The high-profile marketing chief, a regular attendee to Cannes Lions, started the day speaking at a brand safety event hosted by the Wall Street Journal this morning.
Weed argued that its high safeguards in digital media buying meant that the FMCG behemoth did not have to pull spend from YouTube following The Times' investigations that found some brands were funding extremist content.
Some brands were quick to pull up Google for bad practice but Weed took a different approach, instead speaking to the tech giant about the problems and found that there were one or two human errors.
He said: "I think media companies and advertisers have a responsibility to be doing the best job in buying the right media. [With] programmatic if you don’t run a tight desk then you will drive towards getting the cheapest spot – on a lower brow site."
When asked whether the response from brands was overblown, Weed said: "It’s up to them, I think everyone was quick to say ‘bad YouTube, bad Google’. Others said, ‘am I buying media as I should?’.
"I think some marketers woke up and realised they weren’t on top of buying as best as they thought."
The Times investigation resulted in many companies pulling their advertising but not Unilever. Explaining this, Weed said: "I stayed with [Google] because I wanted to work with them to get the best results.
"I think if people go away and say, ‘I want 100% brand safety’, they’re going to have a long journey back."
He said the subsequent conversations he had with Google were helpful and helped move the debate along.
Weed also attempted to allay concerns that the duopoly of Google and Facebook has too much power over major companies including Unilever.
"I have very confrontational chats but I prefer to do it in private. I think business is much better done behind closed doors where you can have detailed conversations."
He explained that when he first started talking about third party verification, calling for tech giants not to mark their own homework, a lot of people at Mountain View were upset.
Weed added: "It wasn’t until I was there on a one-to-one basis that the penny dropped. I don’t think in public it makes it any better, you need to be very clear in what you want and where you want to get to."
On third party verification, Weed said that there needs to be one measurement system across the industry and "until we get there we won’t clean [the industry] up".
He added: "The good guys will win, when we get real transparency the ad dollars will go to the good products."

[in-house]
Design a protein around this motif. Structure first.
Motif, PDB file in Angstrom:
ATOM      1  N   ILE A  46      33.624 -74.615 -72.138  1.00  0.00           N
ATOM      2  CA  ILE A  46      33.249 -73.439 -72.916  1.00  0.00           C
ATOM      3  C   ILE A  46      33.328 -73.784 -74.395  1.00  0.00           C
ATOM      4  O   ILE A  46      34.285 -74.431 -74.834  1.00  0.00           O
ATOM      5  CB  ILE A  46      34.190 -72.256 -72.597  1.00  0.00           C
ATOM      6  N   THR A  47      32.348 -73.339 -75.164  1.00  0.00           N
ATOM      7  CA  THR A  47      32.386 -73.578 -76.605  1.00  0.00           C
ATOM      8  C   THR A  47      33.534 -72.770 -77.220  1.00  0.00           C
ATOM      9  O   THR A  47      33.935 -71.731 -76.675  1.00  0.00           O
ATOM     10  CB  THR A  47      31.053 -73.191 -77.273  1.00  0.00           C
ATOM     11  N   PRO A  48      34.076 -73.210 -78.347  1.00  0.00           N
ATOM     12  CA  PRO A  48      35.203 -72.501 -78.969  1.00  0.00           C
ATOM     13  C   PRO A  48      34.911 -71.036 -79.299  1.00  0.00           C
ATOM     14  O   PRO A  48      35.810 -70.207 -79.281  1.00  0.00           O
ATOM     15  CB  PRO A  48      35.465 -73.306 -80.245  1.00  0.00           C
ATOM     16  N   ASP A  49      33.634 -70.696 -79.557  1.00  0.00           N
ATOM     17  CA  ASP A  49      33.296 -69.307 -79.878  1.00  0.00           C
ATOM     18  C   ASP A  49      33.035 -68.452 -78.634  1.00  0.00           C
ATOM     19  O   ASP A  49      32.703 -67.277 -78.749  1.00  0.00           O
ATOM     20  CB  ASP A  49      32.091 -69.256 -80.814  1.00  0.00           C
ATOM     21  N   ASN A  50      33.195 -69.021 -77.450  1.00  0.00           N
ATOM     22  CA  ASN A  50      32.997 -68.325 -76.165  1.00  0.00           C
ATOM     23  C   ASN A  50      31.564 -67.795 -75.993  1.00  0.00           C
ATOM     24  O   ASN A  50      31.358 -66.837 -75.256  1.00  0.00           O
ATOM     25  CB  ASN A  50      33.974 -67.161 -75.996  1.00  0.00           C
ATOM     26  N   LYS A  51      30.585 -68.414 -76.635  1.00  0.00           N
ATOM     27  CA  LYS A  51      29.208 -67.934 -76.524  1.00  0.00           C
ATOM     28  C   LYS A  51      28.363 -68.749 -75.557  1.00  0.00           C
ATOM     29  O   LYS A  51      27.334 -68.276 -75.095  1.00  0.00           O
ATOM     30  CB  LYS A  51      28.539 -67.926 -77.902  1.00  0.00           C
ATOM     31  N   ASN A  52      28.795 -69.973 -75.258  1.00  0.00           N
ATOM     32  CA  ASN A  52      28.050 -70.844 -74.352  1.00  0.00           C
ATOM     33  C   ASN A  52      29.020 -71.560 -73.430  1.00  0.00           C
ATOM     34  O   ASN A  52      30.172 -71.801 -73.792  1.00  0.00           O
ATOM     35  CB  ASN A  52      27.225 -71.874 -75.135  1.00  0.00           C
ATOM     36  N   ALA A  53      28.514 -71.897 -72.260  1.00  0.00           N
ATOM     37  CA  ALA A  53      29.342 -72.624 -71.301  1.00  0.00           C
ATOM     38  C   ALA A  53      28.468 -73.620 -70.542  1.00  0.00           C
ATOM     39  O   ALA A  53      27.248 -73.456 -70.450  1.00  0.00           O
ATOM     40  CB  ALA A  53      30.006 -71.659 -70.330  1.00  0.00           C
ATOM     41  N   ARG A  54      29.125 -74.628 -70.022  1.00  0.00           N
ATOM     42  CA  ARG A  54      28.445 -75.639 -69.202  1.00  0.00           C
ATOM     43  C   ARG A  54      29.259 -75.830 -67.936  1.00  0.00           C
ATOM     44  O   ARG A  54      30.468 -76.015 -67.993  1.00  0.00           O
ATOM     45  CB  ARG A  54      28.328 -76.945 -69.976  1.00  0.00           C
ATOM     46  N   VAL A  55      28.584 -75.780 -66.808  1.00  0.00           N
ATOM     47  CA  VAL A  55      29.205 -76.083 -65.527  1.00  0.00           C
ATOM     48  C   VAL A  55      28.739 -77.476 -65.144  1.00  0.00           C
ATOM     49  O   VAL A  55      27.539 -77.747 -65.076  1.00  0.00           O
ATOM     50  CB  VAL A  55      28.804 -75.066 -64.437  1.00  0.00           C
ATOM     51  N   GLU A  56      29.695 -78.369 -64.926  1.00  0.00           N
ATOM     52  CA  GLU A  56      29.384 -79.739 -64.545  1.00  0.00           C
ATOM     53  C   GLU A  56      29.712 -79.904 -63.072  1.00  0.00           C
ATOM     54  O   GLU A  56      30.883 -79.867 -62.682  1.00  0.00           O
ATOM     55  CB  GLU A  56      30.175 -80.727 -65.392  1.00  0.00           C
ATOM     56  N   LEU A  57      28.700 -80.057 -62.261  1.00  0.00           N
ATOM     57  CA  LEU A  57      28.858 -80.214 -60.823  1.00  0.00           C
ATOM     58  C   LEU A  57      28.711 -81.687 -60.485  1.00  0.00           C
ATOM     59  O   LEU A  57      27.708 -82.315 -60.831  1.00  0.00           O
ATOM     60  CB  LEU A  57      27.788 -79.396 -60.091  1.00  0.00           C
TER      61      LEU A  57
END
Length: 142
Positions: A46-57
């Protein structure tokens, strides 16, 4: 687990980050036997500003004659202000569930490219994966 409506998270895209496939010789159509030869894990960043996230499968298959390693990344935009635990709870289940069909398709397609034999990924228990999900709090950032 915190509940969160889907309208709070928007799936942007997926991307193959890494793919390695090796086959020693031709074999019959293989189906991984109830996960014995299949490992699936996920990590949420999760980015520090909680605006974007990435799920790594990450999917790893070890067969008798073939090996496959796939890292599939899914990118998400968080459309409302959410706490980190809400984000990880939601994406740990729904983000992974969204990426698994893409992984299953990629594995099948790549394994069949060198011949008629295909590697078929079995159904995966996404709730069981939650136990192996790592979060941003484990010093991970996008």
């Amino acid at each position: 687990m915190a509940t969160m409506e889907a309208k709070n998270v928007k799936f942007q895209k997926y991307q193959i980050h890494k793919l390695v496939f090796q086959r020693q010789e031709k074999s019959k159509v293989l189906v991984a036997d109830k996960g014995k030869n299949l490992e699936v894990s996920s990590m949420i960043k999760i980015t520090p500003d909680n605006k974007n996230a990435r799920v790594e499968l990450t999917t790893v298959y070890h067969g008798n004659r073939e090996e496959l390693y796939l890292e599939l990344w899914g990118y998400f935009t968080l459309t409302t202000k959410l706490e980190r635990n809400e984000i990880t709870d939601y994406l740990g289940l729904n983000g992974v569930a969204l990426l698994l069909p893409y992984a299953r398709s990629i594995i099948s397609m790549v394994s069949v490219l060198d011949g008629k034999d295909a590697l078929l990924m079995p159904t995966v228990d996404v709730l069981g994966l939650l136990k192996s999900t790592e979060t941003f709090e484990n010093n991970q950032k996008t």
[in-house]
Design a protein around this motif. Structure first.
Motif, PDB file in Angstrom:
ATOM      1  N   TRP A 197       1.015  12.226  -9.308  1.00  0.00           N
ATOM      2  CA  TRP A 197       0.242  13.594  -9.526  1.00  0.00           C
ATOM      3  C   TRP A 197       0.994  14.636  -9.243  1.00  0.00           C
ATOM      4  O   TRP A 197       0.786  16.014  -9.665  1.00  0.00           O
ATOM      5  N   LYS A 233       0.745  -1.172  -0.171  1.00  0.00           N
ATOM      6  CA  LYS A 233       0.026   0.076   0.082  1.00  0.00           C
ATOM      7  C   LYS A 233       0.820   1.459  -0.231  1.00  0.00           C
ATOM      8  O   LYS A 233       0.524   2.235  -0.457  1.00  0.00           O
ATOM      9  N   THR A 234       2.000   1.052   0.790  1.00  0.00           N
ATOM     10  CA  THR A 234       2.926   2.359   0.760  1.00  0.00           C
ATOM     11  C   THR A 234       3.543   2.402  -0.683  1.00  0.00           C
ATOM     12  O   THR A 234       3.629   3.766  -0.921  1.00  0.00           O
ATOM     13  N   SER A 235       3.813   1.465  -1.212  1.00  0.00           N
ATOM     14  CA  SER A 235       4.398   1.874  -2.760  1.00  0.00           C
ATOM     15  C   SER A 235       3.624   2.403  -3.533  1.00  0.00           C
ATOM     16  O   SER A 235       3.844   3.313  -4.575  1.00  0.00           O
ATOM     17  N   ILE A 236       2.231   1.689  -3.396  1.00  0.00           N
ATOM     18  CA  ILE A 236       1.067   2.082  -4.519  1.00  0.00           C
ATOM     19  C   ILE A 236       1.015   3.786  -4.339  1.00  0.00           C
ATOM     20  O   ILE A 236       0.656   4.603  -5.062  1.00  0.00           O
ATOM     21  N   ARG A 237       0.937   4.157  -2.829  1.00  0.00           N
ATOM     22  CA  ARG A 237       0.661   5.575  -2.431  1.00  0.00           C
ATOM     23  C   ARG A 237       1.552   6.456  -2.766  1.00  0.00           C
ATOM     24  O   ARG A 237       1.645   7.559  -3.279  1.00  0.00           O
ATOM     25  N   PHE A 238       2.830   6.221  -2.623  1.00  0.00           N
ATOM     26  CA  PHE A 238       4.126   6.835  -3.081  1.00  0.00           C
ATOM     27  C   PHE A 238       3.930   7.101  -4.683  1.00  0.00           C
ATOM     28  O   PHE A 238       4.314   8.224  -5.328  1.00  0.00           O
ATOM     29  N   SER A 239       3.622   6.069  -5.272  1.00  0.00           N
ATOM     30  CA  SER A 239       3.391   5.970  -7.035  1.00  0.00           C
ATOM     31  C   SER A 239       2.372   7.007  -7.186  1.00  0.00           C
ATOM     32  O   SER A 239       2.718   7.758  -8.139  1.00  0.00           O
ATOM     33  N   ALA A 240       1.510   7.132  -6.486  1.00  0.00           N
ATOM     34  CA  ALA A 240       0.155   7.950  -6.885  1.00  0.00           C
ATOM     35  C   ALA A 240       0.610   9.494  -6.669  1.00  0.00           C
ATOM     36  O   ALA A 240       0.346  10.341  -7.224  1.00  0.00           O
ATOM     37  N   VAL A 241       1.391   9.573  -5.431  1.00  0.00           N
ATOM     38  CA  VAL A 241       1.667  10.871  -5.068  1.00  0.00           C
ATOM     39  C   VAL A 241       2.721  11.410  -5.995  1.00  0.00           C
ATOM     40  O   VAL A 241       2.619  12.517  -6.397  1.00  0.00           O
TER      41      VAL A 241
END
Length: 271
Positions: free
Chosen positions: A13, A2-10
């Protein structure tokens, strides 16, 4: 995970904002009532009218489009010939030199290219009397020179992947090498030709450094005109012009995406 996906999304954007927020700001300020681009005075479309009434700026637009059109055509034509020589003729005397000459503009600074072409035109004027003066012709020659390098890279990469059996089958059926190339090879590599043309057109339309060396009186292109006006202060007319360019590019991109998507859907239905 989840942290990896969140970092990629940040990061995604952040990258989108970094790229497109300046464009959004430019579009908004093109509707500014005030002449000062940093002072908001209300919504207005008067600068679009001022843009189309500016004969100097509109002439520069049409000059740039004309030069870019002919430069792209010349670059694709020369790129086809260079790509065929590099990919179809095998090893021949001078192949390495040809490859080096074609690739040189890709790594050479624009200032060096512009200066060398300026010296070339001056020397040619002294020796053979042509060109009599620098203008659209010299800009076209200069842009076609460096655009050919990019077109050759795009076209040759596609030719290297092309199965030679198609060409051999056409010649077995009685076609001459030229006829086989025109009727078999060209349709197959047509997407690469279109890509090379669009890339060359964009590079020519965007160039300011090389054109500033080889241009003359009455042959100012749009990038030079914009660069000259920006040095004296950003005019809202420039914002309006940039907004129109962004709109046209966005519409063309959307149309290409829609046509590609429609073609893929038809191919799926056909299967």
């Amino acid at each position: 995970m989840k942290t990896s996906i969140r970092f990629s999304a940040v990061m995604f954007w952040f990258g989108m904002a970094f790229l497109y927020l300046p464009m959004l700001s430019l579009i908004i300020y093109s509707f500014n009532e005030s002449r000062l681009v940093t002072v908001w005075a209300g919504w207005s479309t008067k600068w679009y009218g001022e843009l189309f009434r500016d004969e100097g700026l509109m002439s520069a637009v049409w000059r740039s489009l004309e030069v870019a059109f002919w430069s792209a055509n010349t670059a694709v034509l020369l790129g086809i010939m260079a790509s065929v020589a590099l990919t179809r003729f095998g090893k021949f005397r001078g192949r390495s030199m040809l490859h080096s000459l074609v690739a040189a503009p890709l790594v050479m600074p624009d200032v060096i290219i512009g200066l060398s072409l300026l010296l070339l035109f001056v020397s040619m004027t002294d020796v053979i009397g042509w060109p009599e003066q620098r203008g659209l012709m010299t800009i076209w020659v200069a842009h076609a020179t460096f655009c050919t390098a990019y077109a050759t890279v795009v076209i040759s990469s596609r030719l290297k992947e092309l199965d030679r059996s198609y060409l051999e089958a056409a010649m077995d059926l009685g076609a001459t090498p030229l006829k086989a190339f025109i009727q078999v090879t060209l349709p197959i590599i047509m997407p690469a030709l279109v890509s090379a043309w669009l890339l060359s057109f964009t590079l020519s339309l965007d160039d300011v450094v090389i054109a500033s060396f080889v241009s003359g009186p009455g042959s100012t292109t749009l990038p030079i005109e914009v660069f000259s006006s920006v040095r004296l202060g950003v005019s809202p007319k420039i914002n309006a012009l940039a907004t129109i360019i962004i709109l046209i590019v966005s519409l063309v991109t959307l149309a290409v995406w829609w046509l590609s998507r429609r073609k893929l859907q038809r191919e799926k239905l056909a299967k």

What keeps Weed up at night?
In his keynote speech on the main stage at Cannes Lions and press roundtable after the event, Weed revealed three things that "keep him up at night": how to join the "digital dots; embracing diversity and reimagining creativity.
Weed asserted his view that "100% viewability is Unilever’s only acceptable metric" and threw down the gauntlet to the big tech players to come up with one ratings and measurement system. He challenged the big tech players to "facilitate a more efficient media market".
Asked by Campaign what it was like working with rival Procter & Gamble on the new Unstereotype Alliance, choosing his words carefully Weed said: "It’s unusual. Different."
"We do our summer vacations together, me and Marc (Pritchard), every year," Weed joked.
"If it’s going to be an industry initiative it needs to have the industry leaders on board. Martin Sorrell is coming along… It’s an area that Marc and P&G are passionate about as well, it’s not as if I’m asking them to come along to an ice-cream convention," he added.
On reimagining creativity, Weed pointed out that "attention is a reward not a right" and that people will block brands out of their lives that they don’t want to engage with.
He highlighted that Unilever’s Sustainable Living brands, brands that are marketed with purpose as their focus, grew "50% faster than the rest of our portfolio and delivered 60% of our growth".
Asked whether he would another name another key area on his mind, Weed flagged the role of training for marketers, especially in the digital sphere.
"We’ve got to be much more passionate about skills and training. In business, training is slightly frowned upon when you get to a certain level. But with the market changing as fast as it is changing people need to continually skill themselves up. I’ve made digital training compulsory, including, by the way my colleagues on the executive."
As the training was an e-module, Weed was able to tell who had completed it and when completions stopped at 92% he sent an email out to the remaining 8% to chivvy them along.
In the email, Weed told the remaining employees he was going to get their photographs and put them on the wall of his office "because I want to see the people who don’t want a future in marketing". The completions hit 100% soon after that missive went out.